It’s Men’s Health Week. A common men’s health issue is prostate cancer. There are many known risk factors for prostate cancer. A risk factor is something that increases your risk of getting a certain disease. Different diseases have different risk factors. Some risk factors, like lifestyle choices, can be changed. Others can’t be changed.
Having a risk factor or several risk factors does not mean that you will get cancer. Many who have one or more risk factors never get cancer. Others get cancer and have few or no risk factors. Here are several known risk factors that might affect a man’s chances of getting prostate cancer, according to the American Cancer Society.
Prostate cancer is rarely diagnosed in men under 40. After age 50, the chance increases rapidly. Almost 60 percent of prostate cancer is found in men older than 65.
2. Race and Ethnicity
Prostate cancer is found more often in African American men and Caribbean men of African descent than in men of other races. Men from those races and ethnicities tend to be diagnosed younger. Prostate cancer is found less often in Asian American, Hispanic, and Latino men than in non-Hispanic whites.
North America, northwestern Europe, Australia, and the Caribbean islands have a higher incidence of prostate cancer. Asia, Africa, Central America, and South America have a lower incidence of prostate cancer. This may be due to more screening for prostate cancer in developed countries and lifestyle differences, like diet.
4. Family History
There may be a genetic factor in prostate cancer as it seems to run in some families. Most prostate cancers are diagnosed in men without a family history. Having a brother or father with prostate cancer increases a man’s risk by more than double. The risk is higher for men who have a brother with the disease. It’s much higher for men who have several relatives that had prostate cancer, especially if their relatives were young at the time of diagnosis.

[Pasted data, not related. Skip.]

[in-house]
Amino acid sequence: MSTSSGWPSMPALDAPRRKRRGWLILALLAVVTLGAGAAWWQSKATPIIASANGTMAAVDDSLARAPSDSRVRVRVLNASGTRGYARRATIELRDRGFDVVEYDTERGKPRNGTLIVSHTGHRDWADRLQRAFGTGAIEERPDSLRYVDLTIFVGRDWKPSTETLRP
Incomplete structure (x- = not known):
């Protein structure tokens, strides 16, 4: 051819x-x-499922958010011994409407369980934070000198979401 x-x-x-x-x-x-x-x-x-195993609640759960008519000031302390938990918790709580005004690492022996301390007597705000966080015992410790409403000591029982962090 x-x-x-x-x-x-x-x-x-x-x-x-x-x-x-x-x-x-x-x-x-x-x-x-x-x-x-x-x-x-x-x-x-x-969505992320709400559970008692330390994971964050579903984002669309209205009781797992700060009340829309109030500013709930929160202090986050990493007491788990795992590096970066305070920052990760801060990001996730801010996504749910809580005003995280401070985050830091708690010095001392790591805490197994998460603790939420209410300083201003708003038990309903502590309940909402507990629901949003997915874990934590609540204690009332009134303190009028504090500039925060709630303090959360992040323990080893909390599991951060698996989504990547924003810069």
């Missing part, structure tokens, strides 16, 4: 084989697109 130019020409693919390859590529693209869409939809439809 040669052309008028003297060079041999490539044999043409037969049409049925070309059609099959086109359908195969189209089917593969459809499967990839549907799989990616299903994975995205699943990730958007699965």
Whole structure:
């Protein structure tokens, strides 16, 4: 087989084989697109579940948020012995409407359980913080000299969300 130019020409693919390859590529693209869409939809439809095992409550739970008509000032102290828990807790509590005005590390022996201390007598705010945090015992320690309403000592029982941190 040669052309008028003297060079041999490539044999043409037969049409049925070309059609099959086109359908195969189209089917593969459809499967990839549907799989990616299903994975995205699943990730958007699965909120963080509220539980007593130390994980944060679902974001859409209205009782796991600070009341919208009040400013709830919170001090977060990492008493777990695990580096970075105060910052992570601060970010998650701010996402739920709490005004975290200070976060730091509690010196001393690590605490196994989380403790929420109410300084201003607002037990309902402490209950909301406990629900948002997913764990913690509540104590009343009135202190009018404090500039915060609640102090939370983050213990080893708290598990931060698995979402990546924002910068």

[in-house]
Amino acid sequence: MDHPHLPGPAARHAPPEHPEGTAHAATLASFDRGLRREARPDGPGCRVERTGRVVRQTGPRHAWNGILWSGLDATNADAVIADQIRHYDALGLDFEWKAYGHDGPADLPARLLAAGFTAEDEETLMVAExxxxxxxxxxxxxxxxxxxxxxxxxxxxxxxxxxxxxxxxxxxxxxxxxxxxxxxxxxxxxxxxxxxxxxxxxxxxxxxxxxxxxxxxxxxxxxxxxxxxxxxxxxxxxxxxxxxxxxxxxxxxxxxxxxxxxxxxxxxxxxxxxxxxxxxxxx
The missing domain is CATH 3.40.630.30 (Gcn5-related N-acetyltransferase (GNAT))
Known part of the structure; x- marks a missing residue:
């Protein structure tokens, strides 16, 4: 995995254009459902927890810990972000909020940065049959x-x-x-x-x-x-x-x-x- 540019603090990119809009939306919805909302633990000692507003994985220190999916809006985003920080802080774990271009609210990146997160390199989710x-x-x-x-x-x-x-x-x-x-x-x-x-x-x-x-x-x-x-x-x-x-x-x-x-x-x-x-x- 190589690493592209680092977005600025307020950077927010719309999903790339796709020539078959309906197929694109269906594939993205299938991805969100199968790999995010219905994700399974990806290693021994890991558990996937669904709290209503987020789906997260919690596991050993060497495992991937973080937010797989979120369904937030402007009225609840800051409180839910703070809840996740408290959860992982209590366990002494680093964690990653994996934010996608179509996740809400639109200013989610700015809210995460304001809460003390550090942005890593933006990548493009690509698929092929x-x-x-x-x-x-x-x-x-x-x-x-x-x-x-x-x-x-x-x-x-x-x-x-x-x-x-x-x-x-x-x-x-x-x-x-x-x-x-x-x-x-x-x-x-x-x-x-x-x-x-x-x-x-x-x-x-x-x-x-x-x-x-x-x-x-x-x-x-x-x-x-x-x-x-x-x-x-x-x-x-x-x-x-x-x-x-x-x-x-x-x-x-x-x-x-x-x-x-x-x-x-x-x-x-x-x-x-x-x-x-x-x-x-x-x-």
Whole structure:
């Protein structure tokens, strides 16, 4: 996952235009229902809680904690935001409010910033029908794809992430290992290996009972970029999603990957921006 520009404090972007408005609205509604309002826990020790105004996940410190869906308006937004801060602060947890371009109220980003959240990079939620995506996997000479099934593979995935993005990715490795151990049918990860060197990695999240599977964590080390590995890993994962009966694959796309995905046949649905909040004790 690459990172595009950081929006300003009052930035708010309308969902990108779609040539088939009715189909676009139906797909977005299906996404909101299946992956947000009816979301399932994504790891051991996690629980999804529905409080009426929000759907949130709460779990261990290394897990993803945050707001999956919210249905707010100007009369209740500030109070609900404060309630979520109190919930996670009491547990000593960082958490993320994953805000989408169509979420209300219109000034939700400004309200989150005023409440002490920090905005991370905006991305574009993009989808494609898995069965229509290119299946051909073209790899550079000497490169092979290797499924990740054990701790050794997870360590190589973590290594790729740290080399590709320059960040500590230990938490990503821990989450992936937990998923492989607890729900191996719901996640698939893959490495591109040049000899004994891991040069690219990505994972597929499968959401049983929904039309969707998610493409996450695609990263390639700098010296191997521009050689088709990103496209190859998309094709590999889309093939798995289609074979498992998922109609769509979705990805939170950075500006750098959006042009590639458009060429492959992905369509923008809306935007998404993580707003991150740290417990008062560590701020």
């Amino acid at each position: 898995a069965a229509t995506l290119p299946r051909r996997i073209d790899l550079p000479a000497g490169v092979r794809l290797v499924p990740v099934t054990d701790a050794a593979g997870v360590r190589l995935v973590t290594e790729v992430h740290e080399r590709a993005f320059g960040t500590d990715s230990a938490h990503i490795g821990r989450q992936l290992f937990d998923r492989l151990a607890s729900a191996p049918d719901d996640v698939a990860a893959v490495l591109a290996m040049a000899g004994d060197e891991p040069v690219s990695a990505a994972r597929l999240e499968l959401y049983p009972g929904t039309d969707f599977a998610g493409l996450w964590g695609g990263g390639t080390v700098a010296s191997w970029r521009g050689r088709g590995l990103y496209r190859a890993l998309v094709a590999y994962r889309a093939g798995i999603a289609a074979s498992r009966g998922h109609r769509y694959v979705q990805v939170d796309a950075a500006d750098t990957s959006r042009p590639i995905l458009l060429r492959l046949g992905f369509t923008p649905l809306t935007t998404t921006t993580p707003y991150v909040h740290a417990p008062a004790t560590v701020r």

5. Genetic Mutations
There are some inherited gene changes that raise prostate cancer risk. They account for very few cases overall.
- BRCA1 or BRCA2 Increased mutations of these genes are linked to an increased risk of breast and ovarian cancers. They can also increase prostate cancer risk in men, especially mutations of BRCA2.
- Lynch Syndrome Lynch syndrome is hereditary non-polyposis colorectal cancer, which is caused by inherited gene mutations. Men with Lynch syndrome have an increased risk for many cancers, including prostate cancer.
Prostate Cancer Screening
The best way to survive prostate cancer is detection through screening. The two-part screening is simple, and men should begin this screening when they are 40. First is a blood test. Blood is drawn from the arm and analyzed to detect Prostate Specific Antigen (PSA), a protein produced by cancerous and healthy cells. Second is a digital rectal exam (DRE). Your doctor will check your prostate by inserting a gloved finger into the rectum and feeling the prostate for abnormalities that might be cancer. Having both tests provides your doctor with a more complete view of your prostate health.